Wednesday, July 6, 2011

the piano man

It was the fourth of July. It was also my friend's twenty-first birthday. Naturally, a lot of stuff happened that night, but this small moment in time stands out to me like a pin.


The girl I used to work with. She quit though, off to bigger and better things. Her name was Jenny. The guy I was friendly with, though we weren't friends. His name was Tyler.

The atmosphere was happy. It was the fourth of July and among our friends we finally established a reliable and permanent source of alcohol. Greg and Paul were setting off bottle rockets in the backyard, a few feet away from the deck where I watched their antics from a distance. My iPod was plugged into the stereo, blasting happy sounds into the night.

I was standing in a circle with half a dozen other kids. I knew some of them by reputation, some of them personally, and one kid recognized me from work. I looked around the yard to see if there was anybody else whom I could spark up a conversation with.

I noticed Jenny and Tyler then. They were sitting next to each other at the picnic table on the deck next to the stereo system. Tyler had his arm around her. I guess they've been dating for a while now. She smiled at him, but only with her mouth.

When they first arrived and I first ran into them Tyler stuck his hand out. "Jack! How the hell are ya?" I gripped his hand. A firm handshake I suppose. I gave Jenny a brief hug. "You should text me about going to Denny's sometime!" She turned to Tyler, "I still owe Jack Denny's! He bought me Denny's once."

Now they were sitting at the table. Billy Joel had come on the speakers. It's nine o clock on a Saturday. The regular crowd shuffles in. Jenny started to sing along, "There's an old man sitting next to me, making love to his tonic and gin!"

Tyler watched Jenny for a moment. Looking at her with a smile that was only on his face. As if taking a queue that this was in fact the proper and social thing to do in the situation, he began to sing along too, though I don't think he's really sure how it goes. But it's sad and it's sweet and I knew it complete when I wore a younger man's clothes.

"Sing us a song you're the piano man! Sing us a song tonight. We're all in the mood for a melody and you've got us feeling alright!"
They looked at each other as they sung and they swayed back and forth, taking sips from their plastic cups full of mixed drinks.

Tyler sung, "He says "Bill I believe this is killing me." As a smile ran away from his face."
Jenny sung, "Well I'm sure that I could be a movie star if I could get out of this place"

I watched in amazement. (now Paul is a real estate novelist) Didn't they realize how sad it was? (who never had time for a wife) This wasn't a song meant to be sung between lovers. (and he's talking with Davy, who's still in the Navy) It's a sad song, yet they seemed happy. (and probably will be for life.) To be honest I never really thought their relationship made much sense. She was a nice girl, and Tyler always seemed a little sketchy to me. But who am I to label what should make them happy? I guess I'll let them decide that one for themselves.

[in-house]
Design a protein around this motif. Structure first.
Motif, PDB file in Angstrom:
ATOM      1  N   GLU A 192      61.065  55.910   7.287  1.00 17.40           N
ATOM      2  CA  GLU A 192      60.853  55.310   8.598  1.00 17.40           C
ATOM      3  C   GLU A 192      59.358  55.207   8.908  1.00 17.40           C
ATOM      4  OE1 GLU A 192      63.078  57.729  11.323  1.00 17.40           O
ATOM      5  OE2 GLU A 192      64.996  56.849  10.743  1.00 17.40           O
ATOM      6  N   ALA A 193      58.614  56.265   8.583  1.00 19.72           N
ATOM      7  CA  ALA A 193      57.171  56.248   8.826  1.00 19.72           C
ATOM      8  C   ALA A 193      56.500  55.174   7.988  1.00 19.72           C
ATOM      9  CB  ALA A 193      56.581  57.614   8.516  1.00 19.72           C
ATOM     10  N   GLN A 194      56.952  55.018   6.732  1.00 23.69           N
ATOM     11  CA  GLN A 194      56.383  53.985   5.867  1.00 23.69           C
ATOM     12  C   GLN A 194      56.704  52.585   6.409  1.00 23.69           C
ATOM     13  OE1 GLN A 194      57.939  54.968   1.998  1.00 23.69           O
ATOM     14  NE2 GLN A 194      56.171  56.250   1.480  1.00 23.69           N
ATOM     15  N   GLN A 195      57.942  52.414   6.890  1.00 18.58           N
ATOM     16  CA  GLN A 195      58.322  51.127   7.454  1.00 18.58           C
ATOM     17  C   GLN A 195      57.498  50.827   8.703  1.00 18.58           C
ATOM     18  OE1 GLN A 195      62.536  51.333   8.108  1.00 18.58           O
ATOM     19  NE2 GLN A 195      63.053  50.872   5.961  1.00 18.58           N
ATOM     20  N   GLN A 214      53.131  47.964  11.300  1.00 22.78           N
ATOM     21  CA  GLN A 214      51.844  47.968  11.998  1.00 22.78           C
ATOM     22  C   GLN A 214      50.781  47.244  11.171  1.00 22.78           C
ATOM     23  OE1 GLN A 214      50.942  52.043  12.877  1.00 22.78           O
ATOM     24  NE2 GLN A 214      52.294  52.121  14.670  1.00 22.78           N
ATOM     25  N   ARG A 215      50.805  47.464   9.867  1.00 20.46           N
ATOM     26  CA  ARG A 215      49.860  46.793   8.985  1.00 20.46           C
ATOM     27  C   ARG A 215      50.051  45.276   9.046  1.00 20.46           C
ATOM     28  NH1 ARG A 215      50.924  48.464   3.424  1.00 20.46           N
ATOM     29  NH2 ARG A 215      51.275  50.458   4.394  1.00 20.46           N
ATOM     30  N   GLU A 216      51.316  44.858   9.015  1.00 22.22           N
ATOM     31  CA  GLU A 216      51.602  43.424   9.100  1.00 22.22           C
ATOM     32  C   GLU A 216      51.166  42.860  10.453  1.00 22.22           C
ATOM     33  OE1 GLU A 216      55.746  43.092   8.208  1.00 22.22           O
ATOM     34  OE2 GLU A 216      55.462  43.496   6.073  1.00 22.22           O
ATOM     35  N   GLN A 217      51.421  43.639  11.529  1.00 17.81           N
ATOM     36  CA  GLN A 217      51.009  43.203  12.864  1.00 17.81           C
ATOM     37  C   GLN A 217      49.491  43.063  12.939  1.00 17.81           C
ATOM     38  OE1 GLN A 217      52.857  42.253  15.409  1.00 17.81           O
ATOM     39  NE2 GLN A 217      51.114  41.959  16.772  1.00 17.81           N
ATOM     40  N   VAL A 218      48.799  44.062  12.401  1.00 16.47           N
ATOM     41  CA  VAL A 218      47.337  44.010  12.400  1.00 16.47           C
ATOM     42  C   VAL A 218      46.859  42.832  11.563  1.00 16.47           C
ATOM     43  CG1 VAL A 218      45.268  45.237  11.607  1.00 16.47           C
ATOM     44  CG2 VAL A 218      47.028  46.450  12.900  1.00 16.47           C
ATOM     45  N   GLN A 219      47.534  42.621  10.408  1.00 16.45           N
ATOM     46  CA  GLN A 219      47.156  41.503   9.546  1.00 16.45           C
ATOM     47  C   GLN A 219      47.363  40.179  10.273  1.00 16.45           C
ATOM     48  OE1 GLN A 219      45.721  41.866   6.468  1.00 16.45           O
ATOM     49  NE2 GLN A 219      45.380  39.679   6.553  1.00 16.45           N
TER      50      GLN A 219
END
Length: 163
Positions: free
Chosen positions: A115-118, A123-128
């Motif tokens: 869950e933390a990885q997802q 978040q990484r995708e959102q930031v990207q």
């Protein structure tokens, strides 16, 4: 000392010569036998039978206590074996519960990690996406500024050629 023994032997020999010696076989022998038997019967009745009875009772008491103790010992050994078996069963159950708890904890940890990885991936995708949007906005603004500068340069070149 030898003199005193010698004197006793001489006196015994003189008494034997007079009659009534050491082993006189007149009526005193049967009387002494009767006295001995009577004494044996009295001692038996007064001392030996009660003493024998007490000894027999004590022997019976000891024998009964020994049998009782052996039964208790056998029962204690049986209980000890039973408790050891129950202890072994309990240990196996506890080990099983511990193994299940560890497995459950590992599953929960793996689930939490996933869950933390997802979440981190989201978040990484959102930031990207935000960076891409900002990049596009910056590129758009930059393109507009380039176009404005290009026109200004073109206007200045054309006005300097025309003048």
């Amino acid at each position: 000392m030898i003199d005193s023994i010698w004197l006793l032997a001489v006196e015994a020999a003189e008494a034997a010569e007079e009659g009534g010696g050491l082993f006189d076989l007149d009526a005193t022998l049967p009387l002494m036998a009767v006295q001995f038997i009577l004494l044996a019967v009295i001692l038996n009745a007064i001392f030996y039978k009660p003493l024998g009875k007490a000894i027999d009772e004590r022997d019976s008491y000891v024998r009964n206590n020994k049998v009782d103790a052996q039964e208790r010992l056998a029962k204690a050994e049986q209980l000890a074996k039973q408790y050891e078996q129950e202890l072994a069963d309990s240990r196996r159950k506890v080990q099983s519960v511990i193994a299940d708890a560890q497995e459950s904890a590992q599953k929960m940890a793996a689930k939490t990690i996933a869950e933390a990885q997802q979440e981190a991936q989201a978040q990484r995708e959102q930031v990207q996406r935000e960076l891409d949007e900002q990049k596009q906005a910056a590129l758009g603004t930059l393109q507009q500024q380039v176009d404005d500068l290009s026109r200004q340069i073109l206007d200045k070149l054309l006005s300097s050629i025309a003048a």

Yes, they're sharing a drink they call loneliness. But it's better than drinking alone!

Saturday, July 2, 2011

the old man and the beaver

"I wish I were a beaver," I said to the old man. He raised an eyebrow at me but did not respond. His eyes seemed to tell me to continue.

"Think about it. Nobody really does anything with their life anymore. We carry in the groceries while hauling out the trash, but in the end nothing changes. We pay our taxes and do our part so that other people can keep moving and doing their part for us. We're like a bunch of spinning gears without anything attached to the rod. What's the point?"

"And a beaver's life would have more meaning than this to you?"

"Yea," I smiled, "a beaver gets to build something. They can take a river, any old river, and build a dam. And when they build that dam they build a lake. It would be great to be a beaver. Throw a couple logs down, let the river carry driftwood into your branches, ensnaring them. I would make easy work of it. The lake would fill up with food for me, right at my doorstep. I would have a place to swim and play. Most importantly though, I would make a difference. I would create an entire new ecosystem myself. With my bare.. well. I don't know quite what to call a beaver's hands."

"Well what about new scientific breakthroughs. You have medicine we never dreamed of when I was a child. The technology is amazing. You can stand in this room and using a device you keep in your pocket, call somebody half way around the world in real time. You don't think the people who made these inventions. You don't think their life has a purpose?"

"Well... I suppose they do. But that's a lot of work. It'd be much easier to be a beaver. Besides, I'm talking about most people. Most people don't contribute anything to progress, to society."

The old man made a grunting noise and nodded slowly.

"You nod, but I don't think you agree with me."

"I don't."

"Well what about you. You worked your life at blue collar jobs. You never invented anything, cured anything, caused some great paradigm shift. What did you do with your life?"

The old man smiled, with only the smallest hint of sadness in his eyes. "Me?" he paused thoughtfully, "I lived. Isn't that something?"